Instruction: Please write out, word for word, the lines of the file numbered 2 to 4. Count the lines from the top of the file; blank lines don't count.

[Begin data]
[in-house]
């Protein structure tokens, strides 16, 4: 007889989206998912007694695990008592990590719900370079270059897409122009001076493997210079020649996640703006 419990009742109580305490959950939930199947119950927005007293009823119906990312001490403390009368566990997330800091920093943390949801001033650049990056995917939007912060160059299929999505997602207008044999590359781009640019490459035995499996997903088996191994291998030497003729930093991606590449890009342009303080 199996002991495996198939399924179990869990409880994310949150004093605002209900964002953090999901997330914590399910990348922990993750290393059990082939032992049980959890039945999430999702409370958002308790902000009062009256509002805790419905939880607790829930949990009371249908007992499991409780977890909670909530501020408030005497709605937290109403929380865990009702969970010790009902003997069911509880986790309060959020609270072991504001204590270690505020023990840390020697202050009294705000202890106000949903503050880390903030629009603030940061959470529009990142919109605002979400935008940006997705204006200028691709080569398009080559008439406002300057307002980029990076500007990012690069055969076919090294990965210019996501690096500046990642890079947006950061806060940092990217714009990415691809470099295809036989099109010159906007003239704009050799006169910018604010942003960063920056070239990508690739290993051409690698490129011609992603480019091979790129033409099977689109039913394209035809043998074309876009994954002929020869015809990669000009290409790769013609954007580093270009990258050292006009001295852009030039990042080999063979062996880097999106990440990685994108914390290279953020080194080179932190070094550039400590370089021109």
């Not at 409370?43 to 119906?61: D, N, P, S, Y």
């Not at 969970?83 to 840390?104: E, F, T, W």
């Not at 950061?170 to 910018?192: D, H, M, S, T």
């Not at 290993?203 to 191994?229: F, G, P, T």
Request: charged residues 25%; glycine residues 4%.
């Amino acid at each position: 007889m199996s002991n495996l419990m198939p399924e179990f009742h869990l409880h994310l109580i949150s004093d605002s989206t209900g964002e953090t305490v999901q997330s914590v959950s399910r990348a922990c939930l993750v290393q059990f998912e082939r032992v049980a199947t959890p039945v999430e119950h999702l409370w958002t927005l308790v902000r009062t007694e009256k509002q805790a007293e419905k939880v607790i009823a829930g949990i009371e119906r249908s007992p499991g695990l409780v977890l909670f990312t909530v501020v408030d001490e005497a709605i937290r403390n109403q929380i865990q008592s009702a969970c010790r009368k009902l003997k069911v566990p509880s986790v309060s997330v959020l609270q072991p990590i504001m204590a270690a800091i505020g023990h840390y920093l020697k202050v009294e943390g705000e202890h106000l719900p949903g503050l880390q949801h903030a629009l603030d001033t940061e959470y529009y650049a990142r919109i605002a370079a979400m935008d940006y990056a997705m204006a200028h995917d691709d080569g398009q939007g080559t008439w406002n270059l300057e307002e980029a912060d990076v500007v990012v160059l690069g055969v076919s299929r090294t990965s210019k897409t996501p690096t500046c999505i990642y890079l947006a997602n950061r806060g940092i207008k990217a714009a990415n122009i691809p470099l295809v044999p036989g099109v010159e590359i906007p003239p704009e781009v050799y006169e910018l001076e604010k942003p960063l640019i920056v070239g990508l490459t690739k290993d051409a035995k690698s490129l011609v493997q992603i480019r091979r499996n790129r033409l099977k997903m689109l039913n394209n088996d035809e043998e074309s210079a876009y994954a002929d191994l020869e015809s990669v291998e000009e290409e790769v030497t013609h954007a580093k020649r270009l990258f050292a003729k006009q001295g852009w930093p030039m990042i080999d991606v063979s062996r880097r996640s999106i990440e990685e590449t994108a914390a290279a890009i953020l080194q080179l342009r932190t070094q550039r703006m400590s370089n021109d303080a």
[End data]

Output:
């Protein structure tokens, strides 16, 4: 007889989206998912007694695990008592990590719900370079270059897409122009001076493997210079020649996640703006 419990009742109580305490959950939930199947119950927005007293009823119906990312001490403390009368566990997330800091920093943390949801001033650049990056995917939007912060160059299929999505997602207008044999590359781009640019490459035995499996997903088996191994291998030497003729930093991606590449890009342009303080 199996002991495996198939399924179990869990409880994310949150004093605002209900964002953090999901997330914590399910990348922990993750290393059990082939032992049980959890039945999430999702409370958002308790902000009062009256509002805790419905939880607790829930949990009371249908007992499991409780977890909670909530501020408030005497709605937290109403929380865990009702969970010790009902003997069911509880986790309060959020609270072991504001204590270690505020023990840390020697202050009294705000202890106000949903503050880390903030629009603030940061959470529009990142919109605002979400935008940006997705204006200028691709080569398009080559008439406002300057307002980029990076500007990012690069055969076919090294990965210019996501690096500046990642890079947006950061806060940092990217714009990415691809470099295809036989099109010159906007003239704009050799006169910018604010942003960063920056070239990508690739290993051409690698490129011609992603480019091979790129033409099977689109039913394209035809043998074309876009994954002929020869015809990669000009290409790769013609954007580093270009990258050292006009001295852009030039990042080999063979062996880097999106990440990685994108914390290279953020080194080179932190070094550039400590370089021109």
């Not at 409370?43 to 119906?61: D, N, P, S, Y």
């Not at 969970?83 to 840390?104: E, F, T, W």